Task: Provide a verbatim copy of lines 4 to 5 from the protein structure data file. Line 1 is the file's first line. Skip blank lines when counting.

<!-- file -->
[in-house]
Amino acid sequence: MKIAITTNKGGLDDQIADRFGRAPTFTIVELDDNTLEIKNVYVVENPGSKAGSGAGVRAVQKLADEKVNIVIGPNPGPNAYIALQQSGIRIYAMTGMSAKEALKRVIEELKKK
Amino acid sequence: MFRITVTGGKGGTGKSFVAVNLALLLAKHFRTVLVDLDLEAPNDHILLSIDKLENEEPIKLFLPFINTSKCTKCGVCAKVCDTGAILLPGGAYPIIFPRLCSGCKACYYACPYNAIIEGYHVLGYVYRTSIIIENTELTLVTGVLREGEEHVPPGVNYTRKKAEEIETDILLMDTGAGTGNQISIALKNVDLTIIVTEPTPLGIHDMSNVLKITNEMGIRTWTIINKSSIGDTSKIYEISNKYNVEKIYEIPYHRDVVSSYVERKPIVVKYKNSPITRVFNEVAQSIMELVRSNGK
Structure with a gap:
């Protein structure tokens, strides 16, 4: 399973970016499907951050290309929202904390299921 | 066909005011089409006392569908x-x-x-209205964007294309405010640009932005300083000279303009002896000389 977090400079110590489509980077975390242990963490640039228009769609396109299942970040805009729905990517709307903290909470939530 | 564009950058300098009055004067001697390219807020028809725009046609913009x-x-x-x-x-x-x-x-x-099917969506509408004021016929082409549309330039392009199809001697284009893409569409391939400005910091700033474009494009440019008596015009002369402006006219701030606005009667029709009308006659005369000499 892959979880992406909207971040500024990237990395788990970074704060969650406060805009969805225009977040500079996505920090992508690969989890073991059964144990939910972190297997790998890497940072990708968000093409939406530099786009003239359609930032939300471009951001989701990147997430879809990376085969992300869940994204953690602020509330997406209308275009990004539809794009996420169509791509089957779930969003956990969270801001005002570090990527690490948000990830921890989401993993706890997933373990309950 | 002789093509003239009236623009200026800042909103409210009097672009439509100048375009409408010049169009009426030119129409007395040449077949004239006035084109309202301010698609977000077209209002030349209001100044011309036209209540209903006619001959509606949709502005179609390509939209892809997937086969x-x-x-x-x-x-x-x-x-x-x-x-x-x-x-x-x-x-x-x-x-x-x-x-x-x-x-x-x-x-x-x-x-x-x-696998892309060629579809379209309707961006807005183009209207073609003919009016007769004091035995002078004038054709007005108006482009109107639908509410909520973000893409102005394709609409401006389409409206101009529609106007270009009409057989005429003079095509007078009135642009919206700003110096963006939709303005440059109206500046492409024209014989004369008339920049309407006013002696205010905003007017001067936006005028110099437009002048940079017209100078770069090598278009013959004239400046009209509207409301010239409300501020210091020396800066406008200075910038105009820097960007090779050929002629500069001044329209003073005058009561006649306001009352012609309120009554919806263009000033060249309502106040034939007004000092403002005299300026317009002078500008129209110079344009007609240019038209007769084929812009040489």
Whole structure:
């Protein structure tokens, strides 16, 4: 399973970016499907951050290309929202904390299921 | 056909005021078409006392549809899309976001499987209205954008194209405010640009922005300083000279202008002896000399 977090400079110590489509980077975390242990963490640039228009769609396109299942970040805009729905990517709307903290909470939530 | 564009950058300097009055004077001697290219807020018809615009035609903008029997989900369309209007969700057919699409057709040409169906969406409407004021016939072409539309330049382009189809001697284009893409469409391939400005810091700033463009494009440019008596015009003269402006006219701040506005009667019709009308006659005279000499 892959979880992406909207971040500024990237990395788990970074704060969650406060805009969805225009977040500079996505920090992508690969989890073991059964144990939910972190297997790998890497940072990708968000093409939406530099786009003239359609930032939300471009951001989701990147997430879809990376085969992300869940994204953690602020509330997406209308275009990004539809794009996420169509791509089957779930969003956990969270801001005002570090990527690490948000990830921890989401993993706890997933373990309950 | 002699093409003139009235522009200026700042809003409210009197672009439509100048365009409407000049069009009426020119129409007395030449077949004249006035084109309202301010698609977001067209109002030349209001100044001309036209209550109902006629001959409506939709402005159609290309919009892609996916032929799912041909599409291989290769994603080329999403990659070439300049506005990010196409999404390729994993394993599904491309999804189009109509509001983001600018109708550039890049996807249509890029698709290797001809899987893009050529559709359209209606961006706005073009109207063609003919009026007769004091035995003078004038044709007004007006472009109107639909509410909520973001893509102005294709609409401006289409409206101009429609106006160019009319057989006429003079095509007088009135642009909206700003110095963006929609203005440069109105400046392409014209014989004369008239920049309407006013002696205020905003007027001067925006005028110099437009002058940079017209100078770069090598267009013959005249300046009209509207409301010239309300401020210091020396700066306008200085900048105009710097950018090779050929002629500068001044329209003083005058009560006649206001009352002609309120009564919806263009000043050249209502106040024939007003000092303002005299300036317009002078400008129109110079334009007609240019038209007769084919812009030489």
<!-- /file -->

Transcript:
Structure with a gap:
């Protein structure tokens, strides 16, 4: 399973970016499907951050290309929202904390299921 | 066909005011089409006392569908x-x-x-209205964007294309405010640009932005300083000279303009002896000389 977090400079110590489509980077975390242990963490640039228009769609396109299942970040805009729905990517709307903290909470939530 | 564009950058300098009055004067001697390219807020028809725009046609913009x-x-x-x-x-x-x-x-x-099917969506509408004021016929082409549309330039392009199809001697284009893409569409391939400005910091700033474009494009440019008596015009002369402006006219701030606005009667029709009308006659005369000499 892959979880992406909207971040500024990237990395788990970074704060969650406060805009969805225009977040500079996505920090992508690969989890073991059964144990939910972190297997790998890497940072990708968000093409939406530099786009003239359609930032939300471009951001989701990147997430879809990376085969992300869940994204953690602020509330997406209308275009990004539809794009996420169509791509089957779930969003956990969270801001005002570090990527690490948000990830921890989401993993706890997933373990309950 | 002789093509003239009236623009200026800042909103409210009097672009439509100048375009409408010049169009009426030119129409007395040449077949004239006035084109309202301010698609977000077209209002030349209001100044011309036209209540209903006619001959509606949709502005179609390509939209892809997937086969x-x-x-x-x-x-x-x-x-x-x-x-x-x-x-x-x-x-x-x-x-x-x-x-x-x-x-x-x-x-x-x-x-x-x-696998892309060629579809379209309707961006807005183009209207073609003919009016007769004091035995002078004038054709007005108006482009109107639908509410909520973000893409102005394709609409401006389409409206101009529609106007270009009409057989005429003079095509007078009135642009919206700003110096963006939709303005440059109206500046492409024209014989004369008339920049309407006013002696205010905003007017001067936006005028110099437009002048940079017209100078770069090598278009013959004239400046009209509207409301010239409300501020210091020396800066406008200075910038105009820097960007090779050929002629500069001044329209003073005058009561006649306001009352012609309120009554919806263009000033060249309502106040034939007004000092403002005299300026317009002078500008129209110079344009007609240019038209007769084929812009040489």